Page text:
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The Ultimate Torment Interview Of Ultimate Torment, Pt 2

I very much want Torment: Tides of Numenera to be excellent, because the world needs more Torment. Not in the literal sense, of course; the world is a miserable place. But Planescape Torment was a wonderfully different sort of RPG set in a wonderfully different sort of world, and another descent into the gnarliest bowels of fuckweird would be quite grand. Numenera’s still a ways off at this point, but inXile seems to be on the right track. Yesterday we talked combat and why quality is more important than size, and today we continue on by chatting about why Planescape Torment *wasn’t* perfect, what that means for Numenera, the recent delay, and why we won’t just be able to attack any old random NPC. All that and more below. 

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Wasteland 2’s Live Action Intro Sidesteps Perlmanisms

I can remember covering the first wave of big Kickstarter games in all their crowd-sourced hype, and feeling conflicted with every post. It was so exciting that all this could happen, traditional barriers between games and their players so suddenly eroded, but at the same time it all seemed like so many promises, talk of a new golden age that was so still so impossibly far away. A couple of years later though, and here we are – these games are steadily becoming a reality, from the so far excellent (Elite 4) to the inescapably ugly (Godus). Where will post-apocalyptic RPG Wasteland 2, one of the first big names to be crowdfunded, wind up? We find out very, very soon.

In the meantime, we get to see how it’s spent some of its less essential groats, with a live-action intro intended to set the scorched earth scene. It tries very hard to avoid saying “war never changes.”
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Rad: Wasteland 2 Expands, Adds Linux Support

When Wasteland 2 first stepped onto the (relatively) unknown Kickstarter platform, I remember how strange it was typing that name into a headline without attaching a radioactive heap of speculation in the paragraph below. That Wasteland 2 might exist one day seemed like A Big Deal. Every now and then, as I’m writing a fresh headline I pause for thought again. Wasteland 2 is playable right now, a single playthrough of the final release will apparently take around fifty hours and Linux support has now been added. It’s important to remember, from time to time, that though the vampires of nostalgia nibble away, some meetings of past and present are as exciting as they are unlikely.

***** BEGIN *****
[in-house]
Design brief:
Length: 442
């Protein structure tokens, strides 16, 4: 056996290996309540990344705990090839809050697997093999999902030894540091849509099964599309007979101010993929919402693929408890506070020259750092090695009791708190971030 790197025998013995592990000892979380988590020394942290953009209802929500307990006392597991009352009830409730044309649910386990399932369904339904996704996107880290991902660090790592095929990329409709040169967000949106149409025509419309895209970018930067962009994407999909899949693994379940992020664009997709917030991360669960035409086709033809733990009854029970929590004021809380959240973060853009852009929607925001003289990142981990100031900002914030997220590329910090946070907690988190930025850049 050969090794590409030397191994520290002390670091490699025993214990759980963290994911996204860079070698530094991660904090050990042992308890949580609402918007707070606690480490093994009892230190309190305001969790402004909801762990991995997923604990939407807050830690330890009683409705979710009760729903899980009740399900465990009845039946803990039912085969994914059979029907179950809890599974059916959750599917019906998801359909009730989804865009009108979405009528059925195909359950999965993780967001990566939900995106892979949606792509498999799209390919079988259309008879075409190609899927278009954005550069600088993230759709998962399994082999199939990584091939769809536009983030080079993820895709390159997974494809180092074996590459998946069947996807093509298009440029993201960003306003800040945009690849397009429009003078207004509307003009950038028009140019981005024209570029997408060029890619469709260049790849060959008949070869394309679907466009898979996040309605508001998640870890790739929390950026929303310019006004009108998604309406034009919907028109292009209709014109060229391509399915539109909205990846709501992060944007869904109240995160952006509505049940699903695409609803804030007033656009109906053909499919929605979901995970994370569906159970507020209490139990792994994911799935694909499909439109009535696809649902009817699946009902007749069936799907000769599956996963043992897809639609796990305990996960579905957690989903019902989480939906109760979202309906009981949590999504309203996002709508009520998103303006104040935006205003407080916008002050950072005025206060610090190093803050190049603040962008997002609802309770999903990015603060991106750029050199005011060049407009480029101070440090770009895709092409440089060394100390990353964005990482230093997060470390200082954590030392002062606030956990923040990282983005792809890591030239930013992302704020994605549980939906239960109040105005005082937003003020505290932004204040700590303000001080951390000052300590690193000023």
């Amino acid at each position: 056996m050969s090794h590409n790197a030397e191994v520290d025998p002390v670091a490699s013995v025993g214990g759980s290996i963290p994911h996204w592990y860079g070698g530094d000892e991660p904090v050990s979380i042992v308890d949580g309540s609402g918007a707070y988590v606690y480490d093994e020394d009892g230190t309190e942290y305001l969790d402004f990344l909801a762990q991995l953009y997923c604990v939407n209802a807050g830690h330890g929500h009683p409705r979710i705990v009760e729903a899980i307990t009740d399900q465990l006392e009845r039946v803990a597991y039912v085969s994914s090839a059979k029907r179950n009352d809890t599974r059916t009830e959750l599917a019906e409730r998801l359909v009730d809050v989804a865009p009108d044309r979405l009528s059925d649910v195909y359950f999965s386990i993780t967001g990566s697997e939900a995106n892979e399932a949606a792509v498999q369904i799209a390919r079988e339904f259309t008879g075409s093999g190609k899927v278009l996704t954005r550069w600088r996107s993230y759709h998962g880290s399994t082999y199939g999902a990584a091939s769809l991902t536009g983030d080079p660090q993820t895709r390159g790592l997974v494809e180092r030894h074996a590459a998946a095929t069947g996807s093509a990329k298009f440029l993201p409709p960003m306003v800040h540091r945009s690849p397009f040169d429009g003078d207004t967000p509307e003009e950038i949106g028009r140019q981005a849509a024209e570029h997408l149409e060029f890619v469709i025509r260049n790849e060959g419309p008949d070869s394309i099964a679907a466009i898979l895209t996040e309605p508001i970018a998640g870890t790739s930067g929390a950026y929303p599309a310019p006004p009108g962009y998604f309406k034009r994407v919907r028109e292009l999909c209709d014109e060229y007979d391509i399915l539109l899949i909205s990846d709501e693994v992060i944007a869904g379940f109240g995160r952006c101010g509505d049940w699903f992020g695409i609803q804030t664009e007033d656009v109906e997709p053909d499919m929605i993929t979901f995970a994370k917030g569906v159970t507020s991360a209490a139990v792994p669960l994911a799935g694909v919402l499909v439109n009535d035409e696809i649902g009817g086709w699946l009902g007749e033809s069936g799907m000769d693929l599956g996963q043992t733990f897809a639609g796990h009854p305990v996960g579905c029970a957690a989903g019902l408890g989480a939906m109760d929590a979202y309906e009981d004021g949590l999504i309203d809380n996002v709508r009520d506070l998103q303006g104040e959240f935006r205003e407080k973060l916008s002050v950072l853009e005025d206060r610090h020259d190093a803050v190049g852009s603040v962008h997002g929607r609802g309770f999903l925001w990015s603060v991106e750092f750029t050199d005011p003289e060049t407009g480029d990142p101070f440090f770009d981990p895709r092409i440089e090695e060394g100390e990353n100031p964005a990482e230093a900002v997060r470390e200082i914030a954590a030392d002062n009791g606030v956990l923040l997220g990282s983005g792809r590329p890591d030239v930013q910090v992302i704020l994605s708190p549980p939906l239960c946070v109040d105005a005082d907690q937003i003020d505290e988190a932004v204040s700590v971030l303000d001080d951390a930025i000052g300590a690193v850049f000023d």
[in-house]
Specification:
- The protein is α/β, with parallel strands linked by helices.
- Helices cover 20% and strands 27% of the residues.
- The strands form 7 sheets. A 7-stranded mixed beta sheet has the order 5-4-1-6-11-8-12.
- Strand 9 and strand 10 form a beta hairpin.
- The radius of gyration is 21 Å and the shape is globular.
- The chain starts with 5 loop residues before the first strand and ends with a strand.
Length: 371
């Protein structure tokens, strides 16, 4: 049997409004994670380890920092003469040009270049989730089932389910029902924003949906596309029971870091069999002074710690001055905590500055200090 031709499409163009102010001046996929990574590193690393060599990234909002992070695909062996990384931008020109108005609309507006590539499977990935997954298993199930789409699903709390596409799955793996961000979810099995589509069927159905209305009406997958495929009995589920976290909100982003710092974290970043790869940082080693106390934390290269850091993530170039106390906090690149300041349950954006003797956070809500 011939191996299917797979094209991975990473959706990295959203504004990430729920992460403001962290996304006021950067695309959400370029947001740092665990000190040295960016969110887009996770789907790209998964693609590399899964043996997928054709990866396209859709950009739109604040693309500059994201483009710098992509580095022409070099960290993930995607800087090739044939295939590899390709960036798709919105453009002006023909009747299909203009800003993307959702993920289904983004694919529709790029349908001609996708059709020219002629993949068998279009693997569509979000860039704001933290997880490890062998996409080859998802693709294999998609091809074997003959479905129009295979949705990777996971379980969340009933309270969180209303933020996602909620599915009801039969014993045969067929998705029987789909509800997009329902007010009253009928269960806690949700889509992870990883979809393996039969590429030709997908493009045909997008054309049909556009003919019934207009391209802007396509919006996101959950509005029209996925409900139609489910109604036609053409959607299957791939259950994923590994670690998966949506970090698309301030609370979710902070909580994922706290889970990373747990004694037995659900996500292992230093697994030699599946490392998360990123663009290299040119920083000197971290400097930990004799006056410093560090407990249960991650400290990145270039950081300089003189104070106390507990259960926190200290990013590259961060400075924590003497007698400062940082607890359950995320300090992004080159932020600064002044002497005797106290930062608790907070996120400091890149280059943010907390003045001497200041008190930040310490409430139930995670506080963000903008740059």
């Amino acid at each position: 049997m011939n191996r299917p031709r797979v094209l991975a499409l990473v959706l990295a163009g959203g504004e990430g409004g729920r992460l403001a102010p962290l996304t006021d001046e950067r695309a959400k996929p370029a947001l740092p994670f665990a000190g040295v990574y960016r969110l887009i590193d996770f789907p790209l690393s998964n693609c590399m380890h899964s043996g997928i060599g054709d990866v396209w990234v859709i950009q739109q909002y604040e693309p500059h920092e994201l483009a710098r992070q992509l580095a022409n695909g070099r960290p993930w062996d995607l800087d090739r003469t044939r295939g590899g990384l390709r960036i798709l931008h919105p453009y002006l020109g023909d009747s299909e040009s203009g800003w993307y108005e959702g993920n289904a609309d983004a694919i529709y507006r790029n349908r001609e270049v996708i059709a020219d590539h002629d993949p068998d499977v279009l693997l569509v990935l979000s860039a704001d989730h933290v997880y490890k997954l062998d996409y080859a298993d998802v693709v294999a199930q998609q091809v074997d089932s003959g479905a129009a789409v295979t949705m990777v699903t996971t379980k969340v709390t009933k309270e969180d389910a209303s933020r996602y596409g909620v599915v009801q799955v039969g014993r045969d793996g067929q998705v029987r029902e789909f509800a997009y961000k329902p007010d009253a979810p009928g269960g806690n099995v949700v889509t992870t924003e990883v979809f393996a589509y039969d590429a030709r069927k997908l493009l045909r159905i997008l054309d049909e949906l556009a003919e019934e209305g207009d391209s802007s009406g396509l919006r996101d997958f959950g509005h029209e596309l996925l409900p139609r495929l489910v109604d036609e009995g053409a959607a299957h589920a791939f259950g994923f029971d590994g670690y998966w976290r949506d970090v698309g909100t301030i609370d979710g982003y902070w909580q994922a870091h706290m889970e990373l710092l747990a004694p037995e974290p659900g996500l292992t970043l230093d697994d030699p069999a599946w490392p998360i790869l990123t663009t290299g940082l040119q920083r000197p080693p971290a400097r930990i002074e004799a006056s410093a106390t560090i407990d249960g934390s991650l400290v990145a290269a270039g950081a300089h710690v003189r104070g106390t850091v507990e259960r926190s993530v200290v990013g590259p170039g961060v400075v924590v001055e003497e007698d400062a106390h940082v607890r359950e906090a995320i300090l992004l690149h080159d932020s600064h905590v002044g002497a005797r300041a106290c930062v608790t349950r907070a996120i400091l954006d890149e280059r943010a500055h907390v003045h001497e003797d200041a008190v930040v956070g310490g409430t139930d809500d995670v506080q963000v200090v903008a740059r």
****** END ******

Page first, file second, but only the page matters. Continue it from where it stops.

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Rad Men: A Wasteland 2 Diary, Part 2 – Of Toads & Toasters

Continuing adventures in the beta (i.e. unfinished, thus everything I mention is subject to change) of inXile’s post-apocalyptic RPG Wasteland 2. Part 1 is here.

And so our merry band of four – wait, suddenly we’re a merry band of five. Angela, a grizzled but approachable senior Ranger, requests to join us just as we prepare to step into the irradiated desert sands proper, as we’re on the trail of a mysterious killer, someone or something that murdered Ace, a comrade of hers. She speaks of experience and adventures past, of how something ain’t right and how we look like the stuff that stories are made from. She speaks suspiciously as though we might have heard of her before, a long time ago. Nah, can’t be.
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Rad Men: A Wasteland 2 Diary, Part 1

A few months ago Wasteland 2 and my PC got on about as well as Piers Morgan and Wayne LaPierre, but as of a recent update I’m glad to say that inXile’s old school cRPG is as smooth as butter on my machine (though I do have to turn SSAO off, but I’ll stop talking about that before I before you). This means I am now free and able to play a game that is both sequel to Fallout’s post-nuclear predecessor and, let’s be honest, an alternative Fallout 3.

Let’s see how we do.
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Infinity Engine 2.0: Torment To Use Eternity Tech

They say that history often repeats itself. People feud endlessly over similar issues, trends ebb and flow, and you already are your parents (THERE IS NO ESCAPING IT SEARCH YOUR FEELINGS YOU KNOW IT TO BE TRUE). But it’s not all bad. Sometimes, for instance, classic game genres are reborn in glorious blazes of phoenix-like beauty, and you’re like take that dad you had to play Dungeons and Dragons with pens and paper I’m totally different please let me be different. And so, as it was in the days when games like Baldur’s Gate and Planescape Torment swapped genetic material, so too shall it be soonish with Pillars of Eternity and Torment: Tides of Numenera. Torment will borrow Eternity’s gorgeous engine tech, allowing for hyper-detailed backgrounds that ooze and skitter with intoxicating weirdness.